Reboots, remasters, and reimaginings used to be just a movie thing, then it became a TV thing, and now it's bled into games as well. There's a whole generation of gamers who grew up in the 80's and 90's and now have the disposable income to buy a little slice of nostalgia. Nintendo, one of the kings of this age, has been paying attention while also making targeted advances into Android and iOS.
We've gotten Super Mario Run, Fire Emblem Heroes, and others -- and now Gamasutra reports that we have another Nintendo classic that you probably didn't expect: an iOS and Android port of Professor Layton and the Curious Village, a puzzle-adventure game that originally came out worldwide on the Nintendo DS in 2008. Both versions are $10, which is relatively high for a mobile game -- but there are no in-app transactions, thankfully.
A product of developer Level 5, which would make eight more Layton games -- not to mention Ni no Kuni and two Dragon Quest titles -- this first game in the series went on to sell several million copies and helped build Level 5's reputation as a high-caliber Nintendo DS developer.
However, Level 5 has a respectably long history on mobile phones and tablets, dating back to 2012 with Layton Brothers: Mystery Room. It's since cranked out 14 games for Android, iOS, or both -- while still releasing other titles for Windows, the Nintendo Wii, PlayStation 3 and 4, and lately the Nintendo Switch.
Roughly half of its releases have come out only in Japan, but the Professor Layton series has been a notable exception. Only Phantom Thieves was limited to the Japan market, so the latest release's availability worldwide isn't a huge surprise. The surprising part is that it's a port rather than a brand-new entry in the series.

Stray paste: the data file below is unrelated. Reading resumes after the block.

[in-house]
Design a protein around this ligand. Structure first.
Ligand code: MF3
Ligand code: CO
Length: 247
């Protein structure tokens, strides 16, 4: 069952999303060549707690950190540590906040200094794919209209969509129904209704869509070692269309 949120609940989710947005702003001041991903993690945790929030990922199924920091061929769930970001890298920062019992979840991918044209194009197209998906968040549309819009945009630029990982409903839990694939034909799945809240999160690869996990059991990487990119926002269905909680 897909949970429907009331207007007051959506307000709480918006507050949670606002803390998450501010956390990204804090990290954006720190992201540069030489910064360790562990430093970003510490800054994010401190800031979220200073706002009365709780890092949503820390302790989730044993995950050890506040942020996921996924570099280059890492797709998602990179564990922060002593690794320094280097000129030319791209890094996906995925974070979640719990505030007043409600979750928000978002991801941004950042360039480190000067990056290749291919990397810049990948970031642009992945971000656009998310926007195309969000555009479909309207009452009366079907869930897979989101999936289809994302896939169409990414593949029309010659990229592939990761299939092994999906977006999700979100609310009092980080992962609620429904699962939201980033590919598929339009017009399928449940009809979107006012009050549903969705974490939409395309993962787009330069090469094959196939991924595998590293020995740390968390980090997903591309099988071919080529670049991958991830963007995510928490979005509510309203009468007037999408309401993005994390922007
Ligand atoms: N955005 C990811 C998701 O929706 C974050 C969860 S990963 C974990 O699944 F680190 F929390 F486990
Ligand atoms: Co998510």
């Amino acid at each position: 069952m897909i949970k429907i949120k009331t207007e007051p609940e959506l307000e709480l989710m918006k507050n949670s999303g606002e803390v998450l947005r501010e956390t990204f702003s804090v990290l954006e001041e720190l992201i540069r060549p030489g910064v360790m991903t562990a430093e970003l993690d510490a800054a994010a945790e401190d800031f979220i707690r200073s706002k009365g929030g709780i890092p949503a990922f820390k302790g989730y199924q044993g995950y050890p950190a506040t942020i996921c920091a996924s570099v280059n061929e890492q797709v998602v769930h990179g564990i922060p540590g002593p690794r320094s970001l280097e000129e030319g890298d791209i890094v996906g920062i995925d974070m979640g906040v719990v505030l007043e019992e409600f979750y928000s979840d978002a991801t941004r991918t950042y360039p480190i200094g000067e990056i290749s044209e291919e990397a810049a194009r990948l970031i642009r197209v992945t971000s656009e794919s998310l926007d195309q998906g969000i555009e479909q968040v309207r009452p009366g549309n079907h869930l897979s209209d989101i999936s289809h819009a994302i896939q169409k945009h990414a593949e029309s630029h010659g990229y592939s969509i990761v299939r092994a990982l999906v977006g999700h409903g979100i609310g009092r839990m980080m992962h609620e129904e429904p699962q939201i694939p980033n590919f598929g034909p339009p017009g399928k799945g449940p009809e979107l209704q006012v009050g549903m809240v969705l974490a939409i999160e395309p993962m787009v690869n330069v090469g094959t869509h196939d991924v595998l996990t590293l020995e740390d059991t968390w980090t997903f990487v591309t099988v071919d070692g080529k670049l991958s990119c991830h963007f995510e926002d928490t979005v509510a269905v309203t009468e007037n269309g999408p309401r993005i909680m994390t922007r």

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On the other hand, testing the waters with a port is much less risky than a fully new Layton game. With this type of release, the developers mainly focus on just making the game work on a different device, rather than updating artwork, music, or other game content. This approach costs a lot less money, and it takes a lot less time.
However, the port for Curious Village is labeled as "Layton: Curious Village in HD," indicating that the artwork has been updated to show more detail, since current mobile phones can put a lot more pixels on their screens than a Nintendo DS.
If the iOS and Android port of Professor Layton and the Curious Village ends up selling well, though, it's likely that we'll see more ports from the Nintendo DS -- and maybe even an all-new addition to the franchise.
- Nintendo and game developer Level 5 have re-released the classic Nintendo DS game Professor Layton and the Curious Village, this time for Android and iOS.
- It costs $10 on each platform, but it's gotten visually refreshed for an HD world, and there are no in-app purchases.
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